Recreational fishing is a treasured pastime for 40 million people in North America – think Huckleberry Finn out on the Mississippi. It is also economically important, contributing more than $120 billion annually to the North American economy, of which $8 billion accrues to Canada. Rainbow trout are a cornerstone of recreational fishing, but wild populations are in danger due to climate change and human impacts. Already many rivers in BC and Alberta are closed in summer to recreational fishing because of high water temperatures, while more than 200 BC lakes are unable to support stocking programs because of changes in water acidity. Over the next 50 years, more than 30% of rainbow trout populations in North America are at risk.
The University of British Columbia’s Dr. Patricia M. Schulte is leading an interdisciplinary team of natural and social scientists who will use conservation genomics to provide the tools, information and policy recommendations needed to sustain the rainbow trout recreational fishery. The team will sequence the genomes of rainbow trout from different populations to assess their genetic diversity and identify appropriate strains of fish for stocking that will be resilient to the effects of climate change. They will also develop low-cost tools for fisheries managers to monitor the genetic health of rainbow trout populations and develop policy recommendations for managers and stakeholders to help them manage and preserve rainbow trout. The team will work with end users to ensure the application of its findings.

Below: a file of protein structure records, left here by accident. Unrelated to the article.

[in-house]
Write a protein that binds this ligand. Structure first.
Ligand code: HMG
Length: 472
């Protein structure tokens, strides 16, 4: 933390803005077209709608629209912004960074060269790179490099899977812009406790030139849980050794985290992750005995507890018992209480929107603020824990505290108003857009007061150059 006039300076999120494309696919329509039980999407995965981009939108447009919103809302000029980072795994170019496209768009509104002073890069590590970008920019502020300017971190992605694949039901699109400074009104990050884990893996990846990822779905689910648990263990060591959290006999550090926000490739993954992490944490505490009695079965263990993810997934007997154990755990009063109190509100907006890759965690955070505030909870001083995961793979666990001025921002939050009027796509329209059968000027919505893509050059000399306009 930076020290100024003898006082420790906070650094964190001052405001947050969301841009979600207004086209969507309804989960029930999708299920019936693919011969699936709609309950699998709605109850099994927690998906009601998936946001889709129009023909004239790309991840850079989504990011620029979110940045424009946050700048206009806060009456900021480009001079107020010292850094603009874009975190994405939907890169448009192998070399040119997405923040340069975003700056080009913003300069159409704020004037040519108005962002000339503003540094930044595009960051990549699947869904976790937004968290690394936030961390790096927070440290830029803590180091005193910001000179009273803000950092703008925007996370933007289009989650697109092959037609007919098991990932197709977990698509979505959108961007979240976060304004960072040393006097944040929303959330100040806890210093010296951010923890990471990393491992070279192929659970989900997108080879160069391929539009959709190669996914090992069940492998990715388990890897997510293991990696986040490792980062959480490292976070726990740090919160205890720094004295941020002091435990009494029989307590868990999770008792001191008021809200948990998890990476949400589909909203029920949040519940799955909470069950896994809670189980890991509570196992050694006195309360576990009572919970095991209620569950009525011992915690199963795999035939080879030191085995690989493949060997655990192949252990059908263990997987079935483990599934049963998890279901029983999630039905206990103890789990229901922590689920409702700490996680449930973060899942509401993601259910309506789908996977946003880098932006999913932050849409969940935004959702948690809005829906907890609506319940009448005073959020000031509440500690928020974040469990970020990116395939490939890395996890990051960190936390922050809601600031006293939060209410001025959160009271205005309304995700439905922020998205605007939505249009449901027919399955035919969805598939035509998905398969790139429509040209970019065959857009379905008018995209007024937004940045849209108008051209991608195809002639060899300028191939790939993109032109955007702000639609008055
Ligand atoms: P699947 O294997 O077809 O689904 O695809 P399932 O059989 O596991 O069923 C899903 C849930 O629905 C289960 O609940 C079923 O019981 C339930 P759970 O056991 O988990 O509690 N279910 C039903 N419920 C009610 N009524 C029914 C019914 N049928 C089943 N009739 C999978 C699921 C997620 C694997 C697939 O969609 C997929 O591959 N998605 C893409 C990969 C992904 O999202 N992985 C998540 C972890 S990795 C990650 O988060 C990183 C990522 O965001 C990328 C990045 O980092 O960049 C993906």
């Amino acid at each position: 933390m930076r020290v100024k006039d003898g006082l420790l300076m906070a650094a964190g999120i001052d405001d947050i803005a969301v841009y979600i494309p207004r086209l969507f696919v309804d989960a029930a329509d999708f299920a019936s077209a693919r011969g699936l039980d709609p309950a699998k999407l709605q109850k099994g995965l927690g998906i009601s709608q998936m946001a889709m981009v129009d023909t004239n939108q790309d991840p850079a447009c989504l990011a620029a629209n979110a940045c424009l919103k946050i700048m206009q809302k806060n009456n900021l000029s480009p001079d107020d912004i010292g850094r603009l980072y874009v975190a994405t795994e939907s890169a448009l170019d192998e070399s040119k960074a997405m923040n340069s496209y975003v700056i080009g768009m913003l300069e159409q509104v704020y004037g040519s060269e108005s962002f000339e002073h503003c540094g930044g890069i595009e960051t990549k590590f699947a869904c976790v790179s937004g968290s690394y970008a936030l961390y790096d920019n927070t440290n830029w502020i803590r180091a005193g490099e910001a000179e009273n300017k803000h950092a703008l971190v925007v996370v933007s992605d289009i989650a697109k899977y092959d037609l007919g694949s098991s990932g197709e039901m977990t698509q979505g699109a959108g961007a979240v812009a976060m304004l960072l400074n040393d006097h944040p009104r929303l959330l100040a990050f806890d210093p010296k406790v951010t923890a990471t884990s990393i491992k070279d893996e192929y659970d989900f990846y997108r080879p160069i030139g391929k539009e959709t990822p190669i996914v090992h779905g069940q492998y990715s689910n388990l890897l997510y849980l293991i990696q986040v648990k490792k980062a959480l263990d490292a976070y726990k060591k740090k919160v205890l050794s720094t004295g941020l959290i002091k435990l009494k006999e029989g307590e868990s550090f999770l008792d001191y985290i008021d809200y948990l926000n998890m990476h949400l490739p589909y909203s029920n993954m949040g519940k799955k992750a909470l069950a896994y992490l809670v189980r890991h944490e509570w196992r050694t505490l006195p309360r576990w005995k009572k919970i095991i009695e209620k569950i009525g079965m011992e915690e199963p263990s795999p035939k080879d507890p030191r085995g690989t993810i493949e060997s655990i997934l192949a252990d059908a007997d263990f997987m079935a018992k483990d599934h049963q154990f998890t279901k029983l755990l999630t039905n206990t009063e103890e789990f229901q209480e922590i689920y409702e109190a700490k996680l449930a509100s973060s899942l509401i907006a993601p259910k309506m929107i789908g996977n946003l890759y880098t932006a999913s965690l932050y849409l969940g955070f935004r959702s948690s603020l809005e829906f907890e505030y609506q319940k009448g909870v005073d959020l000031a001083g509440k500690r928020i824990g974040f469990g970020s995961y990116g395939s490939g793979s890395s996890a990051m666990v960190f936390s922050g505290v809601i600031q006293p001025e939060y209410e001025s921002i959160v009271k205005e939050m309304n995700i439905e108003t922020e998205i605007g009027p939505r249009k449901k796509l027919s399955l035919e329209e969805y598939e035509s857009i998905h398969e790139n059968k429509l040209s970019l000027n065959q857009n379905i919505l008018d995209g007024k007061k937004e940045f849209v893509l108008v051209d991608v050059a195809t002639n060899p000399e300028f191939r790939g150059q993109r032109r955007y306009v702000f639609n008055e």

The potential benefits of this project are significant. By identifying strains of rainbow trout that are resilient to stresses as a result of climate change and other human impacts, and by giving fisheries managers tools to monitor Rainbow trout populations, the team’s work will help preserve recreational fishing for generations to come.